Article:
Try this! You can make aromatic smoke packets out of paper bags, dried herbs, and citrus peels for your bee smoker, either as a sweet smelling addition to your typical fuel source or as a replacement fuel.
Before we get started, I wanted to take a moment to introduce myself — this is Sara Everett, guest blogging for Hilary! I have been a beekeeping intern at Girl Next Door Honey for a little over a year, learning a ton from Hilary and her bees. Today I’m picking up pen for the first time to share a beek project I’ve been working on with all of you.
Start the project by asking, “What plant materials are going into my garbage or compost all the time, and what do I have that’s in surplus around my home?” This project is about having fun with the bee smoker, but it’s also about avoiding waste and not needing to buy fuel. I’m an urban gardener, who loves herbs and homegrown cut flowers. So any given week, I have extra herbs or a couple of tired out bouquets sitting around. On top of that, I also have more citrus peels than my compost bin and worm bin can handle. See if you can identify items like these in your own routine to use in this project.
Once you have potential plant materials identified, try to understand their best qualities. For example, is the plant oily or resinous? If so, it’ll probably burn well and may burn longer than other items. Does it have a great herbal scent? It’s fun if it does! Lastly, are the materials special to you in some way, like homegrown cut flowers? Dried flower petals are fairly inconsequential in the bee smoker, but I love the beauty of drying flowers and the idea of wafting flower smoke over the hive. Remember, things don’t always have to be practical!
Here is how I categorize a few of my favorite plants or plant materials:
|Oily or Resinous||Herby & Sweet||Special|
|Cut flowers (in the rose, mint, and sunflower family)
Flowers from pruning/deadheading
Dill flowers and stems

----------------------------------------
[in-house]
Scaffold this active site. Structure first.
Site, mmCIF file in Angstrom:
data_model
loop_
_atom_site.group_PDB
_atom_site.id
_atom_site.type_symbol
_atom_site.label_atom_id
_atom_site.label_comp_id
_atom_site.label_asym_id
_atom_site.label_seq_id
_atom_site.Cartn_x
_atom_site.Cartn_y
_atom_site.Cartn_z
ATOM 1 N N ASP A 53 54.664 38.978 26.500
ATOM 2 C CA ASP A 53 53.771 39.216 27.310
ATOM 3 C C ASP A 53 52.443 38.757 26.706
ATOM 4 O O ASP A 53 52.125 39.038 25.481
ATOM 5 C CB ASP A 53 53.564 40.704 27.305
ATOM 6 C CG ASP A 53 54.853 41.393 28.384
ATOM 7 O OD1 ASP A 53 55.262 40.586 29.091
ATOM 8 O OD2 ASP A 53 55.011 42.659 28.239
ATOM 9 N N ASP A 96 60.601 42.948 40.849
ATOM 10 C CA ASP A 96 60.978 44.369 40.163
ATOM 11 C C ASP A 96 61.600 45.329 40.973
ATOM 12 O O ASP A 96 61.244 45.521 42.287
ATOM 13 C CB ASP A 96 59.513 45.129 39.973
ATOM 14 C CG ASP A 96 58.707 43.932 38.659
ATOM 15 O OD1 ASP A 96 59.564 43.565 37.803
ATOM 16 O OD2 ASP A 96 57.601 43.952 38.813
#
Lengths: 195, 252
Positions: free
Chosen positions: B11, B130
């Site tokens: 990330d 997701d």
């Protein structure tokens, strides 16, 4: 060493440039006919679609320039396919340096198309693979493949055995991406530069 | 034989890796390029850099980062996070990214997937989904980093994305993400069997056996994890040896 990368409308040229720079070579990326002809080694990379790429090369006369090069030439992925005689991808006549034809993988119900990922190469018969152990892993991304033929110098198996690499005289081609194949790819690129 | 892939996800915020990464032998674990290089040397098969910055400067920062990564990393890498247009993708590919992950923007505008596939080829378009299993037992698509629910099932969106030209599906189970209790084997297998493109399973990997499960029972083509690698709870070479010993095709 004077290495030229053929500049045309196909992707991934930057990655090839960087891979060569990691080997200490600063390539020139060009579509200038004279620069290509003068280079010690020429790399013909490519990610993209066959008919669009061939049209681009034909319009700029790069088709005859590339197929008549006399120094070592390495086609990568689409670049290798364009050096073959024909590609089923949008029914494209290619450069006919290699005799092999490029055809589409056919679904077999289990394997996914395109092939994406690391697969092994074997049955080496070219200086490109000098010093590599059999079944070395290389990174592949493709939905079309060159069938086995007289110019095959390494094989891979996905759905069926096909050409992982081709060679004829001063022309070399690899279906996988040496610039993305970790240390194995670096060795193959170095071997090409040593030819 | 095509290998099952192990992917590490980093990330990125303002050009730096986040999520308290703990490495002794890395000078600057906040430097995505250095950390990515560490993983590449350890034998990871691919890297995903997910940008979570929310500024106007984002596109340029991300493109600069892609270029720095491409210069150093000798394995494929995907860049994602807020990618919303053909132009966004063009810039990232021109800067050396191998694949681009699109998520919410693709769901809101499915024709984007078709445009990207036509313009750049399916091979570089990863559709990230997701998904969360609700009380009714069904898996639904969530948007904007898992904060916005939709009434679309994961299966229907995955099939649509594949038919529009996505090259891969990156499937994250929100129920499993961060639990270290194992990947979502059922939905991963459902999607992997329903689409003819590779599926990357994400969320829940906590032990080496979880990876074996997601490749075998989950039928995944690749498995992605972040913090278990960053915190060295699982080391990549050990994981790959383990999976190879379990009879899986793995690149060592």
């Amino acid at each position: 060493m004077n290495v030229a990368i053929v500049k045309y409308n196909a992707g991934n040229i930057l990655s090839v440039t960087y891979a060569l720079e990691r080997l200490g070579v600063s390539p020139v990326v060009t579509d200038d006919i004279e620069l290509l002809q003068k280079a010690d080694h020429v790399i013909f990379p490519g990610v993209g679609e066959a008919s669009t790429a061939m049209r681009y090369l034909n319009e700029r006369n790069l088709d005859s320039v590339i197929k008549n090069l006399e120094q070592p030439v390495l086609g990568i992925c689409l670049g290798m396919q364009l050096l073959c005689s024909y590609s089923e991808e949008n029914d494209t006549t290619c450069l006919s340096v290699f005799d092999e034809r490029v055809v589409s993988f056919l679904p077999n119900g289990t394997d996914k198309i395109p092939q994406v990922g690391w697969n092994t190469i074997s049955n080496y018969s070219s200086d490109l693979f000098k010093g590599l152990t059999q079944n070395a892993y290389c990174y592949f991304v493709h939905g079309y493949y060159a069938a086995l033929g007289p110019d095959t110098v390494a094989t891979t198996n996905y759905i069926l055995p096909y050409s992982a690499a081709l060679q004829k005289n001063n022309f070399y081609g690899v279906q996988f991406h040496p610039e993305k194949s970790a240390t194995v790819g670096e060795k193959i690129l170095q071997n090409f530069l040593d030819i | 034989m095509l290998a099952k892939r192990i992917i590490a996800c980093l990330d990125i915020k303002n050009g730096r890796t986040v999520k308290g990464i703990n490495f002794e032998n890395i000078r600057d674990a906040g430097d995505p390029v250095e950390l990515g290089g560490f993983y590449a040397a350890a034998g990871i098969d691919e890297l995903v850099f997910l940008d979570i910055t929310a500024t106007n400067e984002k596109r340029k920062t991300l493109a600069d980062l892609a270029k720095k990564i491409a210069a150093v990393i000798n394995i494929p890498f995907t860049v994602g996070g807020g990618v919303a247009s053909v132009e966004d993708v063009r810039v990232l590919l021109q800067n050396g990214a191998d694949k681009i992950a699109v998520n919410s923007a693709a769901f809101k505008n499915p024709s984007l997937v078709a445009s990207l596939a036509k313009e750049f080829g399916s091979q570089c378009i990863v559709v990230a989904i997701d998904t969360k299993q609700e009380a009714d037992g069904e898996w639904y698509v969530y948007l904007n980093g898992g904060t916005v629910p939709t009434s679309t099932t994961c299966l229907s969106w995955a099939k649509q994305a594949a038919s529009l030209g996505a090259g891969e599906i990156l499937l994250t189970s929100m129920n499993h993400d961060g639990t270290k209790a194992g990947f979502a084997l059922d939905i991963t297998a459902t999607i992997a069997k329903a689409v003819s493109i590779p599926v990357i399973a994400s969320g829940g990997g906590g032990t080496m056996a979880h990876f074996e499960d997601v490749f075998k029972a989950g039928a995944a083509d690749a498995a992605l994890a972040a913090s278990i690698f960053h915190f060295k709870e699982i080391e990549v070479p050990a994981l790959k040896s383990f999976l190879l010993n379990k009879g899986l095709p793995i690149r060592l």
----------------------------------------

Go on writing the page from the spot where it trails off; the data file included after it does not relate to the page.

Fennel flowers and stems
*Dry pine needles and eucalyptus leaves are the items Hilary first taught me to use in the smoker. They are natural, free materials we can find almost anywhere in San Diego. They burn for a long time, so it’s the standard fuel for Girl Next Door Honey beekeeping. We’ve also been burning egg cartons with success too.
Rules of Thumb and General Tips for Sourcing Smoker Materials
Look around. What’s abundant in your yard? What’s abundant in your kitchen? Would neighbors let you gather from their yards? Is there something you have been throwing out that you could burn instead? When selecting materials to burn, pick something sweet burning, even if it’s ephemeral, for adding to your smoker. It’s fun! Edible bee plants in the mint family — like mint, sage, basil, lavender, and oregano — are great, and they burn with a flash of sweetness and white smoke. Eucalyptus leaves are highly flammable and have a strong medicinal scent- they are great for getting your smoker lit! Try collecting something oily and hardy. A little bit of citrus peels, rosemary needles, and pine needles go a long way in the smoker. Don’t toss old flower arrangements. Set aside browning roses and anything in the sunflower family (sunflowers, daisies, zinnias, etc.) to dry and put in the smoker. Be careful! Many native and exotic plants produce noxious smoke and can make you feel sick, so know what plants you’re burning. Stick to plants that are commonly eaten, used in skin care, made into homecare products, or distilled into essential oils.
*Gather responsibly, ecologically, and lawfully, if you decide to do some wild harvesting.
- Bundles: I dry herbs like oregano and lavender in bundles, hanging from a hook.
- Stringing: I dry citrus peels by stringing them on hemp twine like beads. I use a large-eye blunt needle for this. It’s kind of a weird thing to have hanging from a hook in the house, but it’s also kind of pretty and super easy to do.
- Trays: I spread finer stuff, like flower petals or basil leaves, on old cookie sheets and leave those in my gas oven to dry over the course of a few days. When doing this, make sure you break apart flowers and cut up any stems, so they dry at about the same rate as the leaves.
Don’t be afraid to just go for it! It’s an experiment every time, not a recipe. I never seem to have the same stuff, or the same amount of stuff, on hand to follow a recipe anyway. To get started, try making small single-ingredient packets to add a punch of aroma to your regular smoker fuel, or big packets with an eclectic mix of oily, herby, and special aromatics to replace your usual fuel source.
Making Packets for the Blends
Save paper bags or packing paper to make origami envelopes. Go with an origami design, so you don’t have to burn glue or tape, and experiment with lots of sizes and designs. There are tons of tutorials on YouTube to help with this. I’ve recently settled on a design on the Paper Kawaii YouTube channel called “Easy Origami Envelope.”
That’s it! Have fun!
Written by Sara Everett
Sara Everett is an urban farmer, front-yard gardener, and plant-lover living in San Diego. She has been a beekeeping intern at Girl Next Door Honey for over a year. You can follow her and check out other projects from the soil and from the hive on her Instagram.